RE: [RFC/RFT][PATCH] cpufreq: intel_pstate: Work in passive mode with HWP enabled
From: Doug Smythies
Date: Mon May 25 2020 - 11:30:32 EST
On 2020.05.21 10:16 Rafael J. Wysocki wrote:
> From: Rafael J. Wysocki <rafael.j.wysocki@xxxxxxxxx>
> Allow intel_pstate to work in the passive mode with HWP enabled and
> make it translate the target frequency supplied by the cpufreq
> governor in use into an EPP value to be written to the HWP request
> MSR (high frequencies are mapped to low EPP values that mean more
> performance-oriented HWP operation) as a hint for the HWP algorithm
> in the processor, so as to prevent it and the CPU scheduler from
> working against each other at least when the schedutil governor is
> in use.
> Signed-off-by: Rafael J. Wysocki <rafael.j.wysocki@xxxxxxxxx>
> This is a prototype not intended for production use (based on linux-next).
> Please test it if you can (on HWP systems, of course) and let me know the
> The INTEL_CPUFREQ_TRANSITION_DELAY_HWP value has been guessed and it very well
> may turn out to be either too high or too low for the general use, which is one
> reason why getting as much testing coverage as possible is key here.
> If you can play with different INTEL_CPUFREQ_TRANSITION_DELAY_HWP values,
> please do so and let me know the conclusions.
It is way too early for me to reply to this, as my tests are incomplete.
However, I saw the other e-mails and will chime in now.
Note before: I have been having difficulties with this test computer,
results may be suspect.
The default INTEL_CPUFREQ_TRANSITION_DELAY_HWP is definitely too short.
I do not know what an optimal value is, but I have made it the same as
INTEL_CPUFREQ_TRANSITION_LATENCY for now, and because it makes for great
I have only done the simplest of tests so far, single thread, forced
CPU affinity load ramp up/down.
fixed work packet per work period, i.e. the amount of work to do is independent of CPU frequency.
347 hertz work / sleep frequency. Why? No reason. Because it is what I used last time.
To reveal any hysteresis (i.e. with conservative governor) load ramps up from none
to 100% and then back down to none at 3 seconds per step (step size is uncalibrated).
Intel(R) Core(TM) i5-9600K CPU @ 3.70GHz
b955f2f4a425 (HEAD -> k57-hwp) cpufreq: intel_pstate: Work in passive mode with HWP enabled
faf93d5c9da1 cpufreq: intel_pstate: Use passive mode by default without HWP
b9bbe6ed63b2 (tag: v5.7-rc6) Linux 5.7-rc6
Graph notes: The ramp up and ramp down are folded back on the graphs. These tests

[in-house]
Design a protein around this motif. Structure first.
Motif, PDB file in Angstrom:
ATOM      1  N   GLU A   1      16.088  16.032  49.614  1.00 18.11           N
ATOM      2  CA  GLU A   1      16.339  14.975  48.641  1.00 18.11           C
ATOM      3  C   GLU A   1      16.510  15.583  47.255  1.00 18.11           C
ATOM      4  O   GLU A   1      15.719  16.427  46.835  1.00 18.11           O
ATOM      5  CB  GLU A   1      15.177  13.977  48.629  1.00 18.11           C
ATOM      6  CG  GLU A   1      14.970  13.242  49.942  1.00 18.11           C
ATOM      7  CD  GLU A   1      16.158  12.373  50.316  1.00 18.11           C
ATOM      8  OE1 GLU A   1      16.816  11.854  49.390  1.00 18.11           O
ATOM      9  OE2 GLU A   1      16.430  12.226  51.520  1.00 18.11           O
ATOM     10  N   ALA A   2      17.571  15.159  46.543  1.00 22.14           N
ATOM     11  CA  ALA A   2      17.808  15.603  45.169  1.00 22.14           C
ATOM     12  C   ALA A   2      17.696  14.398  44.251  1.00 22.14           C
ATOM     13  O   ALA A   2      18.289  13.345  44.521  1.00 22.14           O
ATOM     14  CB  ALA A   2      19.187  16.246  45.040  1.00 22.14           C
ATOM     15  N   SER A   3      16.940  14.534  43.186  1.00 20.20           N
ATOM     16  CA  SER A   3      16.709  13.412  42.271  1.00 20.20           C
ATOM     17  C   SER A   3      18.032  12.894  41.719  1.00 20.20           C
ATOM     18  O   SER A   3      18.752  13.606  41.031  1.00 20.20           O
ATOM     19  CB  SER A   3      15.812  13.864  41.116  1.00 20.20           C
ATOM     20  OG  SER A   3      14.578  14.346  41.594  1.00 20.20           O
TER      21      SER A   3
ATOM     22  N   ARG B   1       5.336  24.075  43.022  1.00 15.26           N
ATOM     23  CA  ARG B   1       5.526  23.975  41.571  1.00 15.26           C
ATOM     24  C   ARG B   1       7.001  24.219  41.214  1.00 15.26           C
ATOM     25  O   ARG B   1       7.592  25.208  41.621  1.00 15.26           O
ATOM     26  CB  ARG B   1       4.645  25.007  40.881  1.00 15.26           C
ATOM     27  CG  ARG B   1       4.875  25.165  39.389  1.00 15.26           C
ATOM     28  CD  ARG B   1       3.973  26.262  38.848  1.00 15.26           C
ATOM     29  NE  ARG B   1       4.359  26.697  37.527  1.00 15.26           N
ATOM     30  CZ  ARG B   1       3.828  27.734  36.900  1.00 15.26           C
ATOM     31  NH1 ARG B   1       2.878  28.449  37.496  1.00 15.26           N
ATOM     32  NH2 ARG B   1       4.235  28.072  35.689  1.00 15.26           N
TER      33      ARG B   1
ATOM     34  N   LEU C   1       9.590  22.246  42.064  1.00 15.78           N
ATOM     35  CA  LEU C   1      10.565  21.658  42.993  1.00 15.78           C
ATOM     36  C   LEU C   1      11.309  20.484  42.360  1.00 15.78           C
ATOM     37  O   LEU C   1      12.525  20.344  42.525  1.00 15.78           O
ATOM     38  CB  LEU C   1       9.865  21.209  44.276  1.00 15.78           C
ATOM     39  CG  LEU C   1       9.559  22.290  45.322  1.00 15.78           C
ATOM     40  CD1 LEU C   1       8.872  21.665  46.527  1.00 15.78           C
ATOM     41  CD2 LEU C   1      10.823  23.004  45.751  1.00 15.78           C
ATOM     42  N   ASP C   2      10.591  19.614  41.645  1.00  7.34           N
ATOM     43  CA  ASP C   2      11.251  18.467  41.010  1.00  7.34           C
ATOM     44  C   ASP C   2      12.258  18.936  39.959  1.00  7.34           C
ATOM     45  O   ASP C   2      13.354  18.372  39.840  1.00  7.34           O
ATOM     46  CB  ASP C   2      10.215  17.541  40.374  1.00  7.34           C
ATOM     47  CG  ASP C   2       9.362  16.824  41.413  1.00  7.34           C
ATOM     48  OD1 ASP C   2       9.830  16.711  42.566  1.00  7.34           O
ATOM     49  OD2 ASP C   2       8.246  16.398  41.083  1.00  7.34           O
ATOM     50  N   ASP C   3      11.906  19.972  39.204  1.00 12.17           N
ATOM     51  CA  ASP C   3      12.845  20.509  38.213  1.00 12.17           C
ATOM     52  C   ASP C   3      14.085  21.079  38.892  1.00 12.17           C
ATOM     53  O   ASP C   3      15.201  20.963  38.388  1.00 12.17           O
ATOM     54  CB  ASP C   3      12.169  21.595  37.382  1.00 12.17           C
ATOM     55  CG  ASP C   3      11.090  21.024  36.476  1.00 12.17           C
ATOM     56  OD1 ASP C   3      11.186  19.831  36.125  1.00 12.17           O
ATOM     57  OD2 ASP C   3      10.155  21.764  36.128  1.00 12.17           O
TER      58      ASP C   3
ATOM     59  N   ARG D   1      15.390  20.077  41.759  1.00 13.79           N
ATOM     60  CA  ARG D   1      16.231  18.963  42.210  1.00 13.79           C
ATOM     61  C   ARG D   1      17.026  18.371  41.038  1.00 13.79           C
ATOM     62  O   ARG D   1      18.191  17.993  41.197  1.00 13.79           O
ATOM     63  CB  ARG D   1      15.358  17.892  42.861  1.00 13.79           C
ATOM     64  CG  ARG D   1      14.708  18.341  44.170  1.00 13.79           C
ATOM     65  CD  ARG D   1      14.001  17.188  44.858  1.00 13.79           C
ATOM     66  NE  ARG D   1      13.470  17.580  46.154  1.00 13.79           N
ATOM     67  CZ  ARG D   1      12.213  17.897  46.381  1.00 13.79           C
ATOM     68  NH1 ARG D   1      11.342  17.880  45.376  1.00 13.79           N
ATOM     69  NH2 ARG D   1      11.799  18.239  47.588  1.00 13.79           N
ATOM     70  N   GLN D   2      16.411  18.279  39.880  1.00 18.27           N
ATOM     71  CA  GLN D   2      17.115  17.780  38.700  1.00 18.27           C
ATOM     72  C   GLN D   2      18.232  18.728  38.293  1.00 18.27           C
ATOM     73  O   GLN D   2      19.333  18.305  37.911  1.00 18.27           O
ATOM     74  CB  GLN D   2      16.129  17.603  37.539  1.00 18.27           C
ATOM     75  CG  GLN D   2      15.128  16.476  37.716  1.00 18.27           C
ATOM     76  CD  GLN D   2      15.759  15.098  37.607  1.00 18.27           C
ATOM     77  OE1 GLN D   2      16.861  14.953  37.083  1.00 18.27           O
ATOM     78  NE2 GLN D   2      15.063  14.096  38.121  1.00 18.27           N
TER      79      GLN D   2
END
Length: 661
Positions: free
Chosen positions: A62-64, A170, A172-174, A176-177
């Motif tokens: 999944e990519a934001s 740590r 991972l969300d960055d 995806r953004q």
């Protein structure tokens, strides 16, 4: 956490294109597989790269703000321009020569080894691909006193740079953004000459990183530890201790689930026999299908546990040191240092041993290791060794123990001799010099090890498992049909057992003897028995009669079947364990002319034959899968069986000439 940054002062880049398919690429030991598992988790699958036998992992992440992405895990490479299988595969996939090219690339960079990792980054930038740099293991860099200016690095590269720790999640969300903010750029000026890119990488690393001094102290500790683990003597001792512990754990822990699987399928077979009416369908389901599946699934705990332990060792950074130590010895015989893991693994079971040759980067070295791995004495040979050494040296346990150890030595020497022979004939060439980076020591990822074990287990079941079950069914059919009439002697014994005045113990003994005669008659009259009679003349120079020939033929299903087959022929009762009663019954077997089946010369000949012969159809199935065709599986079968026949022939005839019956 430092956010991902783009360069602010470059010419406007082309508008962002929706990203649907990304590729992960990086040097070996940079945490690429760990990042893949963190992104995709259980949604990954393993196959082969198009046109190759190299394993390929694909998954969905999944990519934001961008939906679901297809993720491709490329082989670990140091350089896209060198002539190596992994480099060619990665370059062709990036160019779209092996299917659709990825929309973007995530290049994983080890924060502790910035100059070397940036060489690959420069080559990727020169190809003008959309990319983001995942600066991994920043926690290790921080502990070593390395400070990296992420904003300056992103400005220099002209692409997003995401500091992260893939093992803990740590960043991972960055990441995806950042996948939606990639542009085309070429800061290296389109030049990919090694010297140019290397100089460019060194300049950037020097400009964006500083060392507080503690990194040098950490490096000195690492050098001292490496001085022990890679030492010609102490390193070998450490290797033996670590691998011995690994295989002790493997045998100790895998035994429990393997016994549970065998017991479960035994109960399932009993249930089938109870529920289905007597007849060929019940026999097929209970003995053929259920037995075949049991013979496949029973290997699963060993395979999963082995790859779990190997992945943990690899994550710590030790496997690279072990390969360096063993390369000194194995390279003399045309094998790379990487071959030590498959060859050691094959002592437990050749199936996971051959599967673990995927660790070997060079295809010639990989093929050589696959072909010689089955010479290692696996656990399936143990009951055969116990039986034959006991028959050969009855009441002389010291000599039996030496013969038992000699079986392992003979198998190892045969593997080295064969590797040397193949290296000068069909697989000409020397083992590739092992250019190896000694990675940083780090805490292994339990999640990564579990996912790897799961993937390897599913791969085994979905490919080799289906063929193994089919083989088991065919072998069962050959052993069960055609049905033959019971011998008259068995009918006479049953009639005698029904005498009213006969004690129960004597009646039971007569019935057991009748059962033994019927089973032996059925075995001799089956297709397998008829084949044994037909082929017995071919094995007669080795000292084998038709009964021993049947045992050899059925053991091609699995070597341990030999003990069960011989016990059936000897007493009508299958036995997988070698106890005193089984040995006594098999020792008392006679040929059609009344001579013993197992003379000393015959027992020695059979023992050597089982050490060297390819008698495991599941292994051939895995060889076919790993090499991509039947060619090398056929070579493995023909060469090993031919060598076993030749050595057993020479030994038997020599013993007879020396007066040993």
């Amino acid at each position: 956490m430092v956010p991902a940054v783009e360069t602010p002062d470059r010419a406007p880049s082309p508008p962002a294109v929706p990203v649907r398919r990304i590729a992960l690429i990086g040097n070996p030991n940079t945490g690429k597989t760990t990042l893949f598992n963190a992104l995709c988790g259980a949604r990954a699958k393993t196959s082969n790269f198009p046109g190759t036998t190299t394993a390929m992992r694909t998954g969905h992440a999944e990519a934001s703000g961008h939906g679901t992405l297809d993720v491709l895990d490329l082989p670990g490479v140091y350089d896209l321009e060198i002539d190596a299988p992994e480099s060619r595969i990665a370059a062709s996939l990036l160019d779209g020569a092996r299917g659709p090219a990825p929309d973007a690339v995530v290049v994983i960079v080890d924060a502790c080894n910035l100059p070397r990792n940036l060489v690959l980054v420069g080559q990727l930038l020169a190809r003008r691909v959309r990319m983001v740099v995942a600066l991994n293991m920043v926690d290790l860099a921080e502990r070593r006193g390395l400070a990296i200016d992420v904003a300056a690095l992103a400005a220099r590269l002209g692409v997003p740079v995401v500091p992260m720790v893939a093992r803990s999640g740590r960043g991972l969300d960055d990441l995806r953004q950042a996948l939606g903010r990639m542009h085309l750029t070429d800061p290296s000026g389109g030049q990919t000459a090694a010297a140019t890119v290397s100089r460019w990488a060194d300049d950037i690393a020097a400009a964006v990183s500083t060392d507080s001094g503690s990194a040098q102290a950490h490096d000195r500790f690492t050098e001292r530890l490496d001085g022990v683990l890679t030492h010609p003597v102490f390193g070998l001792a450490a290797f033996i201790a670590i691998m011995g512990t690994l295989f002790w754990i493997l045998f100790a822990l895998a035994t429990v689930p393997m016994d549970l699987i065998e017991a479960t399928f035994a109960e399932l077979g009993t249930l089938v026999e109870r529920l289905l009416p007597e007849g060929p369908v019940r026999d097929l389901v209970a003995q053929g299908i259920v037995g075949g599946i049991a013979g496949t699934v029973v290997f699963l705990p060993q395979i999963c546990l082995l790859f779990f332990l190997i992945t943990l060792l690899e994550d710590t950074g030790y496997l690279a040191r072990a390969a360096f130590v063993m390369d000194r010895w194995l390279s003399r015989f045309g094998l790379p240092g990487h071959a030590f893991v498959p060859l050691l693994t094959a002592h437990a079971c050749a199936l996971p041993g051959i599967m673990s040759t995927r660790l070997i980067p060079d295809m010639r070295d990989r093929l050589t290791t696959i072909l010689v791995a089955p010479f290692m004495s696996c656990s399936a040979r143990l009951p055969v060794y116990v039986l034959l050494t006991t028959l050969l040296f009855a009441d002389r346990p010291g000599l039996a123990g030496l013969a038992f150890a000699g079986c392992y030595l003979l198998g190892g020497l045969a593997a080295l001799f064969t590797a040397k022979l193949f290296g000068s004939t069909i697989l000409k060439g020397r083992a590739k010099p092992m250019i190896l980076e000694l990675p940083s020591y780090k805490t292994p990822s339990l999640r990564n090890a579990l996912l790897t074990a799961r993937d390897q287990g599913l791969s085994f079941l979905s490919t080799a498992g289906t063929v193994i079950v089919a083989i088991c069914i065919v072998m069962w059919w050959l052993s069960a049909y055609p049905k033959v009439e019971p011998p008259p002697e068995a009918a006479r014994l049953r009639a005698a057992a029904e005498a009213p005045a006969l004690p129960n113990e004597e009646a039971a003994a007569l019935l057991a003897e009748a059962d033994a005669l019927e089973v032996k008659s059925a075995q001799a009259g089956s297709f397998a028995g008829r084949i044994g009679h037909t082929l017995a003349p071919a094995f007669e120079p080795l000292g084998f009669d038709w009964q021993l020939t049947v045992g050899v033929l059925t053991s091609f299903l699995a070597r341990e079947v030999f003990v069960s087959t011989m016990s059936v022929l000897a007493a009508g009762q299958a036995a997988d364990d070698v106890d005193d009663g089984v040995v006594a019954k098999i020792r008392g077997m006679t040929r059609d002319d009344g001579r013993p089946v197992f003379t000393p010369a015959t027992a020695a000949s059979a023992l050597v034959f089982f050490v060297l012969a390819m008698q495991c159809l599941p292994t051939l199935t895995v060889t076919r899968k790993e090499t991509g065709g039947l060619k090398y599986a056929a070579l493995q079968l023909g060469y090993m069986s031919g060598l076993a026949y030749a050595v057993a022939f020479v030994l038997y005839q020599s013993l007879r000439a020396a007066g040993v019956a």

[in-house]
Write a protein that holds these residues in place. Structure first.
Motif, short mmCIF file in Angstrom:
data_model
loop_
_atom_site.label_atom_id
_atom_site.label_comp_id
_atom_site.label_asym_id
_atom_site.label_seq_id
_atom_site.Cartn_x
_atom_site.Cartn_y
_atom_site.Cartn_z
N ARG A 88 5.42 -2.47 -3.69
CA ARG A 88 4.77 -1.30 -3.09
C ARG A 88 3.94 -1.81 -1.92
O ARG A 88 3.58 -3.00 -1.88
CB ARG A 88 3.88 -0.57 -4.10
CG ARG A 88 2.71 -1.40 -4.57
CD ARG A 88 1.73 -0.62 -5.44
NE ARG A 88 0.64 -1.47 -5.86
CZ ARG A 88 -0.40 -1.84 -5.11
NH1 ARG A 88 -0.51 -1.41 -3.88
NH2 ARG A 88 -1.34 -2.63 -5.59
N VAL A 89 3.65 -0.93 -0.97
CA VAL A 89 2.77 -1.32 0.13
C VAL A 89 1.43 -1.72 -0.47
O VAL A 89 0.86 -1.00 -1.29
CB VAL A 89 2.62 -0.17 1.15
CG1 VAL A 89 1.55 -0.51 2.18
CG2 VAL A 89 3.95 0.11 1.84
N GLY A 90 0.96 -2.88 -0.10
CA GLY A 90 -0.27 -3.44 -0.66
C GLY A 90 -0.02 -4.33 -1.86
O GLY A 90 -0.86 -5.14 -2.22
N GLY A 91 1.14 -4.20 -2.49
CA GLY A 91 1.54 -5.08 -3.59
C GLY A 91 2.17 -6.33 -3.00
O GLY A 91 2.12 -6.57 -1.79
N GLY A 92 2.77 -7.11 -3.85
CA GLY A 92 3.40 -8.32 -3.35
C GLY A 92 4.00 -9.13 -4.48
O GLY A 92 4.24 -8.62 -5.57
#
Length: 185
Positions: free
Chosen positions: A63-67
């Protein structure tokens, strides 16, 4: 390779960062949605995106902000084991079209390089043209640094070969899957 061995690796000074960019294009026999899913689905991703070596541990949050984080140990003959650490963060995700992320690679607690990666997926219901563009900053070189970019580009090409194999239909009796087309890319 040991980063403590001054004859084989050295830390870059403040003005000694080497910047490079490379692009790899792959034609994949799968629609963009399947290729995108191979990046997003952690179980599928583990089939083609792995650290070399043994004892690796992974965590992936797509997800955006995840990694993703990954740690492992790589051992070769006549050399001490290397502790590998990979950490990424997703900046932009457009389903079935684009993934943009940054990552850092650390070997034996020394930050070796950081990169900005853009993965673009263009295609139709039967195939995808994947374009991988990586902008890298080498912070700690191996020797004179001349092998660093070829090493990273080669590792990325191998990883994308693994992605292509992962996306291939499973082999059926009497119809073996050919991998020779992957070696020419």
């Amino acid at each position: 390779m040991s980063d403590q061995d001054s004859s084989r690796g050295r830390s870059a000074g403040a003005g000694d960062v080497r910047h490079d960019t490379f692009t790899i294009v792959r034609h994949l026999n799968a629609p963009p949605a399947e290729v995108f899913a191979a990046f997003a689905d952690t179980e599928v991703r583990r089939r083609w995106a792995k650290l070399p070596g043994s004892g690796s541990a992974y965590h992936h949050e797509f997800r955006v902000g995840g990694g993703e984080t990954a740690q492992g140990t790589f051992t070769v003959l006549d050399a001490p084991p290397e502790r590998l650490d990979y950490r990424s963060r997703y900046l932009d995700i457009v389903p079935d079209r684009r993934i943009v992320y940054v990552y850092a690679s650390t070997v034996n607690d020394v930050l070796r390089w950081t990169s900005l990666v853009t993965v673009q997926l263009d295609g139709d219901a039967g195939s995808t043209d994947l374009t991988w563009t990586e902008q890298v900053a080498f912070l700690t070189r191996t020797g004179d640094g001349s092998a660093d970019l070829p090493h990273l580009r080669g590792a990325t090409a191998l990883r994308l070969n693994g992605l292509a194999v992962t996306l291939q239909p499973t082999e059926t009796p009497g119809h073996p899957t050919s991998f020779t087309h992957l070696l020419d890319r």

were launched manually in two terminals, so the timing was not exact.
I'll fix this moving forward.
Legend - ondemand graph  (minor annotation added):
i_onde_stock : intel-cpufreq, ondemand, stock kernel (5.7-rc6), hwp disabled.
i_onde_hwp : intel-cpufreq, ondemand, patched kernel (5.7-rc6), DELAY_HWP 5000.
i_onde_hwp2 : intel-cpufreq, ondemand, patched kernel (5.7-rc6), DELAY_HWP 20000.
a_onde: acpi-cpufreq, stock kernel (5.7-rc6), intel_pstate disabled.
DELAY_HWP 20000 matches the pre-patch response almost exactly.
DELAY_HWP 5000 goes too far (my opinion), but does look promising.
Legend - intel_pstate - powersave graph .
What? Why is there such a graph, unrelated to this patch?
Well, because there is a not yet understood effect.
p_powe_stock : intel_pstate, powersave, stock kernel (5.7-rc6), hwp disabled.
P_powe_hwp : intel_pstate, powersave, patched kernel (5.7-rc6), DELAY_HWP 5000.
P_powe_hwp2 : intel_pstate, powersave, patched kernel (5.7-rc6), DELAY_HWP 20000.
Note: That I merely made a stupid mistake is a real possibility.
Repeat test pending.
Legend - schedutil graph :
i_sche_stock : intel-cpufreq, ondemand, stock kernel (5.7-rc6), hwp disabled.
i_sche_hwp : intel-cpufreq, ondemand, patched kernel (5.7-rc6), DELAY_HWP 5000.
i_sche_hwp2 : intel-cpufreq, ondemand, patched kernel (5.7-rc6), DELAY_HWP 20000.
a_sche: acpi-cpufreq, stock kernel (5.7-rc6), intel_pstate disabled.
Conclusion: ?? I don't know, always had schedutil issues on this computer.
Expected more like typical from my older test server (i7-2600K) :
> #define INTEL_CPUFREQ_TRANSITION_LATENCY 20000
> +#define INTEL_CPUFREQ_TRANSITION_DELAY_HWP 5000
For now, while trying to prove nothing is busted,
> + * intel_cpufreq_adjust_hwp_request - Adjust the HWP reuqest register.
> +static void intel_cpufreq_adjust_hwp_request(struct cpudata *cpu, s64 max_freq,
> + unsigned int target_freq)
> + s64 epp_fp = div_fp(255 * (max_freq - target_freq), max_freq);
I would have thought this:
s64 epp_fp = div_fp(255 * (max_freq - target_freq), (max_freq - min_freq));
but tested the original only, so far.